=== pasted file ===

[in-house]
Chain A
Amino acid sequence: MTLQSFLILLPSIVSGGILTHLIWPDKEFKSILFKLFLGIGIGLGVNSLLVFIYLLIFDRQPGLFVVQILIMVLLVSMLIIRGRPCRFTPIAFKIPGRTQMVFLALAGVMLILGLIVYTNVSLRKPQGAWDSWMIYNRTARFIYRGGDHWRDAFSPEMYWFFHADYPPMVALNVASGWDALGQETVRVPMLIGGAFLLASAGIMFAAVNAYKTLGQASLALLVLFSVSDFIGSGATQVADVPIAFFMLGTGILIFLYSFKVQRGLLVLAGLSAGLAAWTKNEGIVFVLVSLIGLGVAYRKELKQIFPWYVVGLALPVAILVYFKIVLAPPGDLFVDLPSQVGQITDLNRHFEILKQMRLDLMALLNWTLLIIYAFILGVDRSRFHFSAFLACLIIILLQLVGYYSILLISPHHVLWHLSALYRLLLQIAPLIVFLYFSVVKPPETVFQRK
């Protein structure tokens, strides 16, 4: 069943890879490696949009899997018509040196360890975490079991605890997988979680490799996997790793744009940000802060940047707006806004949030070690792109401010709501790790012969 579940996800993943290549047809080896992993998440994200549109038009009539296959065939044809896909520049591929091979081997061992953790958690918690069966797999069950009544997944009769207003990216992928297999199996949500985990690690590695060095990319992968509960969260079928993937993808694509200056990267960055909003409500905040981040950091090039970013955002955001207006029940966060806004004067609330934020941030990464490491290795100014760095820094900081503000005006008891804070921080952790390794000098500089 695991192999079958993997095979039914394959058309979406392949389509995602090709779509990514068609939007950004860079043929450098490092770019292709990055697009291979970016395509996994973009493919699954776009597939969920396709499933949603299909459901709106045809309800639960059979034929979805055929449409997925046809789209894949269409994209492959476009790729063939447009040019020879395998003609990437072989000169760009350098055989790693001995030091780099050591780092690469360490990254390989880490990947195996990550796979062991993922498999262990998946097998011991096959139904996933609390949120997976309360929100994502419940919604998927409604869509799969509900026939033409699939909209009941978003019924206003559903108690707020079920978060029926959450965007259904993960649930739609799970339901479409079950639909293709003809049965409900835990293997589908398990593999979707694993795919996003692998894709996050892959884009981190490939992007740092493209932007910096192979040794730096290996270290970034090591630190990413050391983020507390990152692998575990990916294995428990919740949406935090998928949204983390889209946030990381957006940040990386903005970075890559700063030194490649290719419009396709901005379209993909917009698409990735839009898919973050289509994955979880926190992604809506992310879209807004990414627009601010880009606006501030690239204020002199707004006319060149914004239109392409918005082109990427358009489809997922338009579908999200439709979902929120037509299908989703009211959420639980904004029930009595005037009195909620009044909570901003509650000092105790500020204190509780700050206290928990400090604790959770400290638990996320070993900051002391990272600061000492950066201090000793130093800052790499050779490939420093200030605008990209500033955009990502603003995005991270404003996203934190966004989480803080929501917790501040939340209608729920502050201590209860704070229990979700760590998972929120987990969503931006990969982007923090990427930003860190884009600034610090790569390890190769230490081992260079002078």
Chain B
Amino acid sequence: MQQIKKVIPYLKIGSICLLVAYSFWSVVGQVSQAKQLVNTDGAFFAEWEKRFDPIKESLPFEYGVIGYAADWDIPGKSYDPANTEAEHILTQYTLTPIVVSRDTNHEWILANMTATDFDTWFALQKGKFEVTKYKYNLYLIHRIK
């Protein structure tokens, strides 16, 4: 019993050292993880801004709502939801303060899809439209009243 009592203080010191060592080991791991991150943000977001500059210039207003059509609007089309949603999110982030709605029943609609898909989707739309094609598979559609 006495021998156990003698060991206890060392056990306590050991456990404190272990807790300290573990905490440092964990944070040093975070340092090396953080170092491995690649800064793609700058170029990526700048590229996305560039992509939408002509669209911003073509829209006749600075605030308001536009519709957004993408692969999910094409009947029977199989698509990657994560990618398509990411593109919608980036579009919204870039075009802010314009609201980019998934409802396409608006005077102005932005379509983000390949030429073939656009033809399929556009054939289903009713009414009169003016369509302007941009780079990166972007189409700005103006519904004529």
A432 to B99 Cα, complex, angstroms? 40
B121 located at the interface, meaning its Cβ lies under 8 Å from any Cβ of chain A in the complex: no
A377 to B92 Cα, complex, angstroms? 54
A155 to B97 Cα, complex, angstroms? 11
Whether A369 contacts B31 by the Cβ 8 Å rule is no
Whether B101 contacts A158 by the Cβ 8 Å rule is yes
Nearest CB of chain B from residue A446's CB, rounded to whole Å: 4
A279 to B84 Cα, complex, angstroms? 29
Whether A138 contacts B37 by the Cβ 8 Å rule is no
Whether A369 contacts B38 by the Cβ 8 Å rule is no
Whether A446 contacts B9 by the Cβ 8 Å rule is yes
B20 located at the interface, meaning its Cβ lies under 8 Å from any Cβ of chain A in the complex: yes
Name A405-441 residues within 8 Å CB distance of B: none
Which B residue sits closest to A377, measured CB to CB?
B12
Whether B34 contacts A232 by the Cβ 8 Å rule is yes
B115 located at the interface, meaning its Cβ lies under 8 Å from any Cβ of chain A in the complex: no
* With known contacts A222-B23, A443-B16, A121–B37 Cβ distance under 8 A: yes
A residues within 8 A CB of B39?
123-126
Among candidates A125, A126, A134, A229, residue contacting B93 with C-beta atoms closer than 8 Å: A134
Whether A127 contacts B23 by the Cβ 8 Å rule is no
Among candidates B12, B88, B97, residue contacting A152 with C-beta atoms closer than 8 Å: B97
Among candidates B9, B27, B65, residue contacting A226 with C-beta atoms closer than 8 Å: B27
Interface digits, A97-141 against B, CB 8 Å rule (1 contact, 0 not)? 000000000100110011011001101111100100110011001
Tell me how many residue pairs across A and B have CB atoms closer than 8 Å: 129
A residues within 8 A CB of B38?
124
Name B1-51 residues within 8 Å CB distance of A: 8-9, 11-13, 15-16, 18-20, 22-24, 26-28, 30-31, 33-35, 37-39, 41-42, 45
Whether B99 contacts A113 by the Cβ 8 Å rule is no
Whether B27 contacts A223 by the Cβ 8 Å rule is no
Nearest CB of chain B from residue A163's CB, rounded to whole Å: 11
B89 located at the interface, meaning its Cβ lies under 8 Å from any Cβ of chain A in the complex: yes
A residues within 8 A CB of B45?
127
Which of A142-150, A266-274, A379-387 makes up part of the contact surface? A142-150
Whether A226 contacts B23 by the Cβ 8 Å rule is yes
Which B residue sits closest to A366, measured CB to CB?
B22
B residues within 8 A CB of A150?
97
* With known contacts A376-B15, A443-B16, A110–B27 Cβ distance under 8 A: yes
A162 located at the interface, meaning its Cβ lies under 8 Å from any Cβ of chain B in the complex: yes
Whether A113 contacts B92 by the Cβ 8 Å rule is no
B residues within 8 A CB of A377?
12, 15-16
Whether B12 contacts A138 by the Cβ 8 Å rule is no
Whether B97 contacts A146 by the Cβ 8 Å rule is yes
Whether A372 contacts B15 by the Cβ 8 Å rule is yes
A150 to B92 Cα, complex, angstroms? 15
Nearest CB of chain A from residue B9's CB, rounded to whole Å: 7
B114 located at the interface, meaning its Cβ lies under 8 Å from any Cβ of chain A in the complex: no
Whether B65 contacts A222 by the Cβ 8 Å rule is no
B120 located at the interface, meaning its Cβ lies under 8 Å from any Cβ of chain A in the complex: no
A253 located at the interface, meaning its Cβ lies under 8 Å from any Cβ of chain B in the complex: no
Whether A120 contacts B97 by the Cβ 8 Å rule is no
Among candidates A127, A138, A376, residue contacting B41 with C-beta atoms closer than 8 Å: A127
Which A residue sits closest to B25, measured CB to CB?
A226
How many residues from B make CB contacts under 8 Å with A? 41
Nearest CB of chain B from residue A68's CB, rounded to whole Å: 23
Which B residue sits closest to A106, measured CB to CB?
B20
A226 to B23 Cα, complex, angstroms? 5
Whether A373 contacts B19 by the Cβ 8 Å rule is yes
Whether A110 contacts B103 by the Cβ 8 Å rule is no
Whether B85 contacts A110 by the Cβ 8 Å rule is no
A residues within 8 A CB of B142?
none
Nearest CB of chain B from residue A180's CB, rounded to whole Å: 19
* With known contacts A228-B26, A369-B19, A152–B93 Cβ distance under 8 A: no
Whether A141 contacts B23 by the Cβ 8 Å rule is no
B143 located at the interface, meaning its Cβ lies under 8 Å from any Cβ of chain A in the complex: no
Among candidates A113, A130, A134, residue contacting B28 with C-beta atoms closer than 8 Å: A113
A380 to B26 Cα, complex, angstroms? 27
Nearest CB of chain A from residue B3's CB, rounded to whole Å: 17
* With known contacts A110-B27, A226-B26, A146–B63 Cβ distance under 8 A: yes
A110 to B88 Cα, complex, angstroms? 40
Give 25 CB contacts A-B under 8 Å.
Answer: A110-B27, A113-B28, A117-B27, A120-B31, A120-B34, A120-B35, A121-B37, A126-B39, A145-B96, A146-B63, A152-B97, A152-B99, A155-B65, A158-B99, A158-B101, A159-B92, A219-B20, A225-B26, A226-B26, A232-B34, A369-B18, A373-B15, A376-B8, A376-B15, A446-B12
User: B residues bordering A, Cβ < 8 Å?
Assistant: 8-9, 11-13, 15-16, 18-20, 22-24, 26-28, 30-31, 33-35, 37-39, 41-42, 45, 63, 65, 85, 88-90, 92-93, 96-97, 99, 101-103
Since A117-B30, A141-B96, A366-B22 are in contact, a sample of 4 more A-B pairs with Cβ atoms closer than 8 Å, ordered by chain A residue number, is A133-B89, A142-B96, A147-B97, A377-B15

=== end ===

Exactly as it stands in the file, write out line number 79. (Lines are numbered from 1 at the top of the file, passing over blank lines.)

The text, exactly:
Whether A141 contacts B23 by the Cβ 8 Å rule is no